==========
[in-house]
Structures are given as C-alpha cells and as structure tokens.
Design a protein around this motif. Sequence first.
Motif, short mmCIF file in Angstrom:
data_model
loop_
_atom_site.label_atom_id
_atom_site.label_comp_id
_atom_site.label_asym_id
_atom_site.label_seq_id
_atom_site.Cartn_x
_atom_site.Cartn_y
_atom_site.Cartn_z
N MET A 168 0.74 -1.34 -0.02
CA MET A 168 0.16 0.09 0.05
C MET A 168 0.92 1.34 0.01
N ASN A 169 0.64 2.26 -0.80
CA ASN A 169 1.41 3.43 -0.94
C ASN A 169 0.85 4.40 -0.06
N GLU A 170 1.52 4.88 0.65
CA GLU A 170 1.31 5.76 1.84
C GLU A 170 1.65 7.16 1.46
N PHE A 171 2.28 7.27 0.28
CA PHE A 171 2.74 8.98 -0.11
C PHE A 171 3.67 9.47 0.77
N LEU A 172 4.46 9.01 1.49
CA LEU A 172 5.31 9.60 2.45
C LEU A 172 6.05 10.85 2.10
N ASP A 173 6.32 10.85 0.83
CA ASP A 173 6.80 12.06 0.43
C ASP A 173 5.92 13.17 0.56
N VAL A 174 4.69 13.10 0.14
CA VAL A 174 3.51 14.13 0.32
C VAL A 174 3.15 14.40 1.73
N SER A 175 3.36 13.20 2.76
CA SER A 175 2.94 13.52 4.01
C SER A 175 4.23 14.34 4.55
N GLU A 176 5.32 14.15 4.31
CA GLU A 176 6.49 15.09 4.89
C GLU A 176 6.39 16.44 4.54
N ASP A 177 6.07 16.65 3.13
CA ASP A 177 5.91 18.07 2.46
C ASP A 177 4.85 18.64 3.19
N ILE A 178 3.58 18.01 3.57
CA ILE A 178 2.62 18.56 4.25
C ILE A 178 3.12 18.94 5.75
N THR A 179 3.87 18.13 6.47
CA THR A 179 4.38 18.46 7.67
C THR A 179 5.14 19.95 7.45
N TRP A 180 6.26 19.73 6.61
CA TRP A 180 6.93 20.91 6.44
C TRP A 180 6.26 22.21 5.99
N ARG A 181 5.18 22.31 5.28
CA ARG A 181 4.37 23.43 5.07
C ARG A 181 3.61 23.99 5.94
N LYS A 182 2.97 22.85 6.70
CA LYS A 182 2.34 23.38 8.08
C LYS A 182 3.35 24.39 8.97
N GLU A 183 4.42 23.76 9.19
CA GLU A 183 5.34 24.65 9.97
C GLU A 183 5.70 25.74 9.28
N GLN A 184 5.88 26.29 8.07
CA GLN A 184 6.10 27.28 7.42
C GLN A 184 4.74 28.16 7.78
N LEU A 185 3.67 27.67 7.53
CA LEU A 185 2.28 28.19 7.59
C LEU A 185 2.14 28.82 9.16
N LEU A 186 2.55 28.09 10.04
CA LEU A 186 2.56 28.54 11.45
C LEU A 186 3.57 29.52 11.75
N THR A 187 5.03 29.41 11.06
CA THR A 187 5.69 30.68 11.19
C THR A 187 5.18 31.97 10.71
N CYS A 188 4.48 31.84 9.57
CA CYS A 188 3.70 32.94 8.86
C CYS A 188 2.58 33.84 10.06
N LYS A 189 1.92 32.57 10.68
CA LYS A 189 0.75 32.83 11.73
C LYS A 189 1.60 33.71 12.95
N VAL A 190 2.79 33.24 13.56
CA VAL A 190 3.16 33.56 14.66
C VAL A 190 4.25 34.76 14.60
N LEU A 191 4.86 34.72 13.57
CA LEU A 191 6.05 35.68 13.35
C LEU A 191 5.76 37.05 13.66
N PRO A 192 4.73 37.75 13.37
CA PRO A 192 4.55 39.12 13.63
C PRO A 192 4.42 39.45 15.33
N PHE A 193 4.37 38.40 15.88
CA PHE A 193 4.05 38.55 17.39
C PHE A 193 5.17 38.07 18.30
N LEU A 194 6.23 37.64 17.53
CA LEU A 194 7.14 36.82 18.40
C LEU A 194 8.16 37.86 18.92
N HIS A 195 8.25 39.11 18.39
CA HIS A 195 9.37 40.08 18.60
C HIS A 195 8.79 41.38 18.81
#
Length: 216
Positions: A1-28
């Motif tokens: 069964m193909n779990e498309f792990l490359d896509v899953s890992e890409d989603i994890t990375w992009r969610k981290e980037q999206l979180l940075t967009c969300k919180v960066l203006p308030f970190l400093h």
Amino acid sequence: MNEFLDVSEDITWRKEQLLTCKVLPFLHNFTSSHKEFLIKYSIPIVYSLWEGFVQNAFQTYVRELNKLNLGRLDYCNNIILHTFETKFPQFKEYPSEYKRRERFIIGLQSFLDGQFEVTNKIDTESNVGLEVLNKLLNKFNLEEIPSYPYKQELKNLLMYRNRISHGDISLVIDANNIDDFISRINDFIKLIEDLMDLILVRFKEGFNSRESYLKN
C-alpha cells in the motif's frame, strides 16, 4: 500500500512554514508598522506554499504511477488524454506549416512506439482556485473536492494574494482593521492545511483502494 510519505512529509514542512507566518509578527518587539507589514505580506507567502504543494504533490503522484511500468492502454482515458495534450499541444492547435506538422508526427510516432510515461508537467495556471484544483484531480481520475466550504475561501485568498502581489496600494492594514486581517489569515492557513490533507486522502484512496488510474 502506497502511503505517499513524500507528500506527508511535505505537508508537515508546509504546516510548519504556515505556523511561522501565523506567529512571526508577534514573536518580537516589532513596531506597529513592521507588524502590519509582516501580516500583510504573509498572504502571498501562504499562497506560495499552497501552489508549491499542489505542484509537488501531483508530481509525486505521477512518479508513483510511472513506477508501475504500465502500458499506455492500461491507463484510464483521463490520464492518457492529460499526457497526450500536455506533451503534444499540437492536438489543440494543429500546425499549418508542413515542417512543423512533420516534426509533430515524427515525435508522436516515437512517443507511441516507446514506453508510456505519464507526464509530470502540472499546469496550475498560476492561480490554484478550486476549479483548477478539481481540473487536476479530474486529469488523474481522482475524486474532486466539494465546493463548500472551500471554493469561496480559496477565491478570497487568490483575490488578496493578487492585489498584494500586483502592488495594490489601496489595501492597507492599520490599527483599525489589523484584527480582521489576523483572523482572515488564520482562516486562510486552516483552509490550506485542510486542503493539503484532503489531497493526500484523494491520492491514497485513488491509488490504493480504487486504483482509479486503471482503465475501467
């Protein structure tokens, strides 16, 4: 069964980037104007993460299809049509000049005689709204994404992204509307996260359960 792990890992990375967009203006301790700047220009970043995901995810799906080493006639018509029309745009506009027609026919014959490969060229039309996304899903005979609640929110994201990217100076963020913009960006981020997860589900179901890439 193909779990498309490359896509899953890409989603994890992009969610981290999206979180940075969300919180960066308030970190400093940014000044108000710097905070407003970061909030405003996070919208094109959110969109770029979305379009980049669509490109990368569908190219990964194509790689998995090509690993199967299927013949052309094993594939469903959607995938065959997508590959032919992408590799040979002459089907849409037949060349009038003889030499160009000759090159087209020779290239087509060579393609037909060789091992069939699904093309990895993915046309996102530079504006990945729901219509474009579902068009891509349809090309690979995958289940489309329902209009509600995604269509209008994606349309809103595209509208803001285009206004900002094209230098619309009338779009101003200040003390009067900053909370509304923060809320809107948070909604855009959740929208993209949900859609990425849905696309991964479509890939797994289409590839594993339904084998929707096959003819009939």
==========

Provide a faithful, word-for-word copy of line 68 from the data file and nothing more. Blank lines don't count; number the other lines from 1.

N LEU A 186 2.55 28.09 10.04